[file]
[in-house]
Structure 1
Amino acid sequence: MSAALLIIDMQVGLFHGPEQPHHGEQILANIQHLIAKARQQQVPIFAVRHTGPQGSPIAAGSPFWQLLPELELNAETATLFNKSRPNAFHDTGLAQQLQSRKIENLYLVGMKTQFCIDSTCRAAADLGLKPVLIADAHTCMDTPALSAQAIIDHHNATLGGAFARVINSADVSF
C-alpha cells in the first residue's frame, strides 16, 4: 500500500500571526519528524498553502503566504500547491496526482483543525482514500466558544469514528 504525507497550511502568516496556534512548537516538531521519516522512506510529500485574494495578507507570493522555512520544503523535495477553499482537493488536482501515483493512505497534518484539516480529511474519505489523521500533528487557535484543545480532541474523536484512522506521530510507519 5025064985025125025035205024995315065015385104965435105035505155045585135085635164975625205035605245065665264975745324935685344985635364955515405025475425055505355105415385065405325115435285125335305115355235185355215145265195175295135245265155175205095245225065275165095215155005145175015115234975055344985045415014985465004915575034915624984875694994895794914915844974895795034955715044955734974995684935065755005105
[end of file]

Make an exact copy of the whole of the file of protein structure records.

[in-house]
Structure 1
Amino acid sequence: MSAALLIIDMQVGLFHGPEQPHHGEQILANIQHLIAKARQQQVPIFAVRHTGPQGSPIAAGSPFWQLLPELELNAETATLFNKSRPNAFHDTGLAQQLQSRKIENLYLVGMKTQFCIDSTCRAAADLGLKPVLIADAHTCMDTPALSAQAIIDHHNATLGGAFARVINSADVSF
C-alpha cells in the first residue's frame, strides 16, 4: 500500500500571526519528524498553502503566504500547491496526482483543525482514500466558544469514528 504525507497550511502568516496556534512548537516538531521519516522512506510529500485574494495578507507570493522555512520544503523535495477553499482537493488536482501515483493512505497534518484539516480529511474519505489523521500533528487557535484543545480532541474523536484512522506521530510507519 5025064985025125025035205024995315065015385104965435105035505155045585135085635164975625205035605245065665264975745324935685344985635364955515405025475425055505355105415385065405325115435285125335305115355235185355215145265195175295135245265155175205095245225065275165095215155005145175015115234975055344985045415014985465004915575034915624984875694994895794914915844974895795034955715044955734974995684935065755005105